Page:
Back To CourseTopics in Sociology
8 chapters | 89 lessons
Karin has taught middle and high school Health and has a master's degree in social work.
In 2014, Catholic Pope Francis visited and prayed in a Muslim mosque in Turkey. He wanted to emphasize his commitment to peaceful Christian-Muslim relations. This act of openness to another culture and religion warmed the hearts of many. A culture encompasses traditions, attitudes, beliefs, rituals and customs, values and experiences of a group of people.
In a world of melding cultures, there is more and more emphasis on the need for cultural responsiveness. Cultural responsiveness is a willingness and desire to learn from people of other cultures through questions, conversation and experience, and to find ways to genuinely relate to these people. Many of us tend to live in a cultural bubble where we interact with people of the same race, culture and socioeconomic status because it is with what we are used to and comfortable. Unfortunately, this can lead to cultural encapsulation.
Cultural encapsulation is ignorance or lack of knowledge of another's cultural background, and failure to recognize the significance that a person's culture plays on their current life situation and view of the world.
There is an emphasis on the harm of cultural encapsulation in the counseling field. If counselors only treated their clients based on their own cultural world view, they would fail to see how their client's beliefs and life experience has an effect on their problems. This can lead a counselor to establish false assumptions about their clients. For example, a Christian counselor who meets with a Muslim woman may see her hijab or headscarf as a sign of oppression, but to the client, it is a symbol of empowerment and respect within her culture.
Cultural encapsulation can occur especially if the counselor comes from a privileged background and the client comes from a lower socioeconomic background (i.e. white privilege). This can be harmful to the client because it can be alienating and frustrating to have their worldview and life experience not taken into consideration.
Dr. Paul Pederson, a psychologist who specializes in cultural competence in counseling, gives ten examples of cultural encapsulation in the counseling field. Although we won't review all 10 of the examples in this lesson, the following bullets give a synopsis of his list.
It is for these reasons that licensed counselors in the mental health, marriage and family, and social work fields are required to take classes and attend workshops centered on multicultural competence. In order to maintain licensure every year, these therapists must continue their education by attending courses to update their knowledge on cultural competence.
In the following example, we will look at a counselor whose cultural encapsulation hinders her from establishing a therapeutic rapport with her Hispanic client.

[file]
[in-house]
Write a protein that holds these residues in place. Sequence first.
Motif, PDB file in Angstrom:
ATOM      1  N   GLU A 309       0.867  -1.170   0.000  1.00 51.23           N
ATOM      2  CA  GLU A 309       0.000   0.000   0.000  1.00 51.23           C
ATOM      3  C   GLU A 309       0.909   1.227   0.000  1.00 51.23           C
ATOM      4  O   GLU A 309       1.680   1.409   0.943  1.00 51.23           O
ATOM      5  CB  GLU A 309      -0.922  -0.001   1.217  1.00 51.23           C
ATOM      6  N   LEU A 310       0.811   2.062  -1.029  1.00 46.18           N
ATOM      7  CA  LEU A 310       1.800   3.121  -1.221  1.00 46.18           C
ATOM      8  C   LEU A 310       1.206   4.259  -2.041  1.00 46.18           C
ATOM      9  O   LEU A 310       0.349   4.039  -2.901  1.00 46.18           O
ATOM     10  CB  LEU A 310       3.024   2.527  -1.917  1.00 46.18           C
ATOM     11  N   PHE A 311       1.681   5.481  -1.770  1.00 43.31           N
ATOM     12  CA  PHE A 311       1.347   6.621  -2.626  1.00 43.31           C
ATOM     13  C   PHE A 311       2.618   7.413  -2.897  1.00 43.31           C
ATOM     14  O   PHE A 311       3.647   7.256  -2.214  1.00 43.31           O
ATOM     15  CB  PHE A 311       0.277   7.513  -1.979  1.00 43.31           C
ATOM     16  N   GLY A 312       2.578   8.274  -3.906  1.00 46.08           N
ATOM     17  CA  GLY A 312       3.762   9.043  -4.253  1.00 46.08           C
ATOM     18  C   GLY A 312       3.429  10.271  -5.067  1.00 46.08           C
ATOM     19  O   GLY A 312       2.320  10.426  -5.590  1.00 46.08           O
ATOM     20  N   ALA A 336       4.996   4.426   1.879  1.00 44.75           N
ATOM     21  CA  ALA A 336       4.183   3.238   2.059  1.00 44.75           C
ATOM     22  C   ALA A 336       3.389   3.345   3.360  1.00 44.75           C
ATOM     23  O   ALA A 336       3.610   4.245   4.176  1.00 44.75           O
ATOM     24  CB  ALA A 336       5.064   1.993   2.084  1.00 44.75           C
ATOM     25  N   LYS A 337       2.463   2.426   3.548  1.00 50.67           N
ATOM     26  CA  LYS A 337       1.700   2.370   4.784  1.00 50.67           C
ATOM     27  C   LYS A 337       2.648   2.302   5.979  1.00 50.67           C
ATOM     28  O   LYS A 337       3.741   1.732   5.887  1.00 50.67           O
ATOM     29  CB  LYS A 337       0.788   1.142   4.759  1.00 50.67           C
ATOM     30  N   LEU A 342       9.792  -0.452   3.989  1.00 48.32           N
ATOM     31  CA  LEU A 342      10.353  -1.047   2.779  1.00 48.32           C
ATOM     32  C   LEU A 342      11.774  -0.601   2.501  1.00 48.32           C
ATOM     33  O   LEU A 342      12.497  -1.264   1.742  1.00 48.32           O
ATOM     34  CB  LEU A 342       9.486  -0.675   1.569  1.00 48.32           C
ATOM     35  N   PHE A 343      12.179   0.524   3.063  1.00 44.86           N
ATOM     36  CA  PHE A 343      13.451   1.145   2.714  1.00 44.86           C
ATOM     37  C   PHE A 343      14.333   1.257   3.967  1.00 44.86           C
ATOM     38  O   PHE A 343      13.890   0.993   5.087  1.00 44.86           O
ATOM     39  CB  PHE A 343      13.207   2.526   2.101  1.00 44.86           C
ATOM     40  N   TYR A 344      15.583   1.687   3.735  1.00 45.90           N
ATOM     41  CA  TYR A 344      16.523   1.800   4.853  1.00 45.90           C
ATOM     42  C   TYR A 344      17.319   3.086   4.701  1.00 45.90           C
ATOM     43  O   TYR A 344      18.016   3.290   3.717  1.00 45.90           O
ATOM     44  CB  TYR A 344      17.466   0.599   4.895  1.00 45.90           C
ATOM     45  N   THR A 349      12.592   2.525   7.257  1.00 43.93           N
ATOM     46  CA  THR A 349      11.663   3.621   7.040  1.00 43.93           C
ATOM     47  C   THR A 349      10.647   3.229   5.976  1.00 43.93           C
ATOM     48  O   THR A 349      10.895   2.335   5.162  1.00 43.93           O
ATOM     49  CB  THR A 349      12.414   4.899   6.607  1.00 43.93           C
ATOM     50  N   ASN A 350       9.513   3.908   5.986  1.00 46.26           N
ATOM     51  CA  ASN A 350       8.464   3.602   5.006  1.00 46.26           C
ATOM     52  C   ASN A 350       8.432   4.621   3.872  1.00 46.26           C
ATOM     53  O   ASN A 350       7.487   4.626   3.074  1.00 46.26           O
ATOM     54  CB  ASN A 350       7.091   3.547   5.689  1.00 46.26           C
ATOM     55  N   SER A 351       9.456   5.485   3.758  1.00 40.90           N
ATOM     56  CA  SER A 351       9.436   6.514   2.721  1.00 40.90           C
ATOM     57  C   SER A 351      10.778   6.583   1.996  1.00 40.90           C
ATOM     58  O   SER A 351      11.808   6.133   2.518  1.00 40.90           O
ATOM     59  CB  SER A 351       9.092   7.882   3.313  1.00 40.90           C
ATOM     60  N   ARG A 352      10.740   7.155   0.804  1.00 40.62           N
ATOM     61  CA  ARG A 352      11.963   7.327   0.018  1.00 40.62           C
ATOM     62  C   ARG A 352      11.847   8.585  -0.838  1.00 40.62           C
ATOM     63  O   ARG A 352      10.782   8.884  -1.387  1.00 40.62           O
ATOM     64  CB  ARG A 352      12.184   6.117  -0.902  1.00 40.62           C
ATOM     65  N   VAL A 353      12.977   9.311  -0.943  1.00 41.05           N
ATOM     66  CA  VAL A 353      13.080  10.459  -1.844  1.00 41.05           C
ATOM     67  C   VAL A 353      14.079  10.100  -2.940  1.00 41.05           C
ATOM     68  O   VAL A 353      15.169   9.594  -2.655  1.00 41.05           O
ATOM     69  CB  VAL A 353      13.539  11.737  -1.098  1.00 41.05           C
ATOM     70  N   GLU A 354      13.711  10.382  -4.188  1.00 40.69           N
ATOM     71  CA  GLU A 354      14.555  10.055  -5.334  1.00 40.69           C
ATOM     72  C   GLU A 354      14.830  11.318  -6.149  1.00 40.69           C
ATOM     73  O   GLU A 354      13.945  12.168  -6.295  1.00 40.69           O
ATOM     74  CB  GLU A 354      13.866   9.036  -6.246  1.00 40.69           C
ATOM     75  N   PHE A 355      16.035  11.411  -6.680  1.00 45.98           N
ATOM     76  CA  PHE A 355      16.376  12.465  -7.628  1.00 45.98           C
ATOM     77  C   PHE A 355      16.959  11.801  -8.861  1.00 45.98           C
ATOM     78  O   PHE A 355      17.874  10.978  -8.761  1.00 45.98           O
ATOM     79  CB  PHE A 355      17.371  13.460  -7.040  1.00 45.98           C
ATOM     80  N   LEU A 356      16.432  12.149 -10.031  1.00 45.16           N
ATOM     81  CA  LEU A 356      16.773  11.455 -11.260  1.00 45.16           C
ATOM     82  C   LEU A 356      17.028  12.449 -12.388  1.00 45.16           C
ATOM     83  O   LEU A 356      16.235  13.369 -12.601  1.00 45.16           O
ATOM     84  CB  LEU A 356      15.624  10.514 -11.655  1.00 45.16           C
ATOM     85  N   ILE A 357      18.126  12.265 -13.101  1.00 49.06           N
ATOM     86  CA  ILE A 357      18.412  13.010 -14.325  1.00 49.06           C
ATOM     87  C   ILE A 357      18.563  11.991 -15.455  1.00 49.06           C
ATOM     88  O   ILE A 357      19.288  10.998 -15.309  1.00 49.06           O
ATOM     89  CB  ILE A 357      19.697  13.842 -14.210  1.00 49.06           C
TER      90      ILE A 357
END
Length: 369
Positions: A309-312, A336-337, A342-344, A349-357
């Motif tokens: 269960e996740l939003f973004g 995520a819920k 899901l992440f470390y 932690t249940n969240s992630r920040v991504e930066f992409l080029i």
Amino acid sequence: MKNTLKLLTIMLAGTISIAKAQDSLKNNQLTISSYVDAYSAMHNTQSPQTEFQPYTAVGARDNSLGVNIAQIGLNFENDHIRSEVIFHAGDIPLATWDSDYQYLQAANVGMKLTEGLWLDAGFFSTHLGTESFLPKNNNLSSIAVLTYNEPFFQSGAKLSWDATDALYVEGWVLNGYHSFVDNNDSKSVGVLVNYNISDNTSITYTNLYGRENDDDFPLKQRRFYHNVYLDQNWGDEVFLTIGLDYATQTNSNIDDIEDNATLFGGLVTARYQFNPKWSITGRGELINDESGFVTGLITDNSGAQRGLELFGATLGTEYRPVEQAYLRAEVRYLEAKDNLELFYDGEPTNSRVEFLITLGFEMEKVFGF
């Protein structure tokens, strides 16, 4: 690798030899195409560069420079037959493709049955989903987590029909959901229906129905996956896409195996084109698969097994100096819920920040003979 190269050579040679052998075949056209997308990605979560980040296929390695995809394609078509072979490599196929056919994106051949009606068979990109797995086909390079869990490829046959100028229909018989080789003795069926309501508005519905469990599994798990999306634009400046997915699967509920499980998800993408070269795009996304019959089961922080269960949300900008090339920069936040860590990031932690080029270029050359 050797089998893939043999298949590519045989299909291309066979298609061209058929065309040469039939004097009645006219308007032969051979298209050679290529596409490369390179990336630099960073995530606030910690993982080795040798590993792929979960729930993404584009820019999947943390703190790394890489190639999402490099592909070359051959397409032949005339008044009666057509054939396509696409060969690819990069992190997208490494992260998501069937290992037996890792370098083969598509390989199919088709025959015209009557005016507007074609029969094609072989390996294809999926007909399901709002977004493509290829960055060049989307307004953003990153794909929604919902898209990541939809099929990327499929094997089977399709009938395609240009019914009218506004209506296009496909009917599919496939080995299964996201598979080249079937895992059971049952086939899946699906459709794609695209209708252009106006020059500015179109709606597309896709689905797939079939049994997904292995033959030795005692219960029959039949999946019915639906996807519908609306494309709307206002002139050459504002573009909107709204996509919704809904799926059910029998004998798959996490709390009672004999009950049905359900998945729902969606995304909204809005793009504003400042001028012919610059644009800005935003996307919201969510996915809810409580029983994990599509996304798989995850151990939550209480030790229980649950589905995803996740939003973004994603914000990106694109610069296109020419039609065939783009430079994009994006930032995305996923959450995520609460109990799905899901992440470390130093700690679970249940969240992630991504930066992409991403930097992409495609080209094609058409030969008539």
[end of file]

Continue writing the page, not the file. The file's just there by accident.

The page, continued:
Mary Gates is a white American born and raised Licensed Clinical Social Worker (LCSW) and family therapist. She meets with Claudia Vento, a Colombian-Hispanic mother who has lived in the United States for ten years with her two children. While doing the initial therapy interview, Mrs. Vento claims that she calls her son, a freshman in college, daily. Ms. Gates is appaled and suggests that Mrs. Vento decrease her communication with her son to give him more space. Mrs. Vento is offended and hurt by Ms. Gate's suggestion, and wonders if Ms. Gates will understand her at all.
In this example, Ms. Gates is familiar with the American concept of a family where children are encouraged to be independent and self-sufficient. She appears unfamiliar with the Hispanic concept of the family that entails more interdependence amongst family members, especially between mothers and their children. What Ms. Gates sees as unhealthy codependent behavior is actually normal, healthy and functional for the Vento family.
Some world peace specialists, like those who work for the United Nations, believe that if people were to put themselves in the shoes of others regarding upbringing, religious beliefs, attitudes, traditions and cultural background, there would be a lot less fighting between different countries and cultures. This relates to cultural responsiveness, a willingness and desire to learn from people of other cultures through questions, conversation and experience, and to find ways to genuinely relate to these people.
A culture encompasses traditions, attitudes, beliefs, rituals and customs, values and experiences of a group of people. Cultural encapsulation is ignorance or lack of knowledge of another's cultural background, and failure to recognize the significance that a person's culture plays on their current life situation and worldview. There is a focus on cultural encapsulation in the counseling world because it is especially important for counselors to not fall into the trap of culturally encapsulating their own clients. This can ruin therapy rapport and actually do a disservice to the clients rather than help them.
Dr. Paul Pederson is a psychologist who specializes in cultural competence in the counseling field. He gives examples of cultural encapsulation such as the fact that clients are all measured on the same standard of behavior despite having various cultural backgrounds, the bias for individualism verses interdependence despite other cultures value on interdependence, and the fact that many counselors don't recognize their own biases and therefore don't place an importance on becoming culturally competent.
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Back To CourseTopics in Sociology
8 chapters | 89 lessons